This Old House recently ran an article on how long things are typically supposed to last. Disappointingly, some of the largest appliances like dryers and refrigerators average only about 13 years. For some home items however, there are choices to increase longevity.
A few select items for which you can pay a little more upfront to keep it in your house and out of the landfill a little longer:
Tankless water heaters last more than 20 years, while an electric or gas water heater has a life expectancy of about 10 years. I recently installed a tankless water heater myself and can honestly say it was worth the extra work and cost.
Slate, copper, and clay/concrete roofs have the longest life expectancy—over 50 years. Roofs made of asphalt shingles last for about 20 years while roofs made of fiber cement shingles have a life expectancy of about 25 years, and roofs made of wood shakes can be expected to last for about 30 years. Here's a new roof made from recycled rubber.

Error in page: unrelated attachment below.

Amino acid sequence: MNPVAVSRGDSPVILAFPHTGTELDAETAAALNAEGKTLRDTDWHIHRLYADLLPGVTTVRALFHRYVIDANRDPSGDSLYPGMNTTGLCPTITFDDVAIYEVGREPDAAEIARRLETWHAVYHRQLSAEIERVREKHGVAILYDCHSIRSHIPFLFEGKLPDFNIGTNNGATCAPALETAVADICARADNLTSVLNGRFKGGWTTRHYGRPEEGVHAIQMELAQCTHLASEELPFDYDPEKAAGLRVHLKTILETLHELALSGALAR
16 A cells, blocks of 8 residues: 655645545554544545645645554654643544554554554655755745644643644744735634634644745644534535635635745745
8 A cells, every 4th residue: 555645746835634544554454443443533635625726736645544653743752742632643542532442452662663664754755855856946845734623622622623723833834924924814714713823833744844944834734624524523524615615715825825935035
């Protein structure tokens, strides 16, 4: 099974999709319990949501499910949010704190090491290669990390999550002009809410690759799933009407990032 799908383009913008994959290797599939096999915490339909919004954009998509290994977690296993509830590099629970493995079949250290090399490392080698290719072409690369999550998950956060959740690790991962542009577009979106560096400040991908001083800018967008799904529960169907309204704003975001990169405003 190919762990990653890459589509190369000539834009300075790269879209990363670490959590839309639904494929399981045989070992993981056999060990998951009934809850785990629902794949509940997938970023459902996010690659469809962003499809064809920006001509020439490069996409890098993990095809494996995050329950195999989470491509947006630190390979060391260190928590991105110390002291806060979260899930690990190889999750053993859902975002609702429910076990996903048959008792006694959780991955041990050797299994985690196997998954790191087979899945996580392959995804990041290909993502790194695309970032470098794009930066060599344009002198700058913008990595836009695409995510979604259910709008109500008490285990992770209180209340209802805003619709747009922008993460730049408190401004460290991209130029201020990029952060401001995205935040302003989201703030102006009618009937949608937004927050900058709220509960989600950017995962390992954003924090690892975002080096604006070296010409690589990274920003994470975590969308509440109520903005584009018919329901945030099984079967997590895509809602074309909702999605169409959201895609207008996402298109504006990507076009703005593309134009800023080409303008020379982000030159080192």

Gutters have a life expectancy of more than 50 years if made of copper and for 20 years if made of aluminum. Copper downspouts last 100 years or more, while aluminum ones will last 30 years.
Framing and Structural
Softwood, hardboard, and plywood last an average of 30 years, while OSB and particleboard are expected to function properly for 60 years.
All natural wood floorings have a life expectancy of 100 years or more. Vinyl floors last up to 50 years, linoleum about 25 years, and carpet between 8 and 10 years (with appropriate maintenance and normal traffic).
See the rest of the article here at ThisOldHouse.com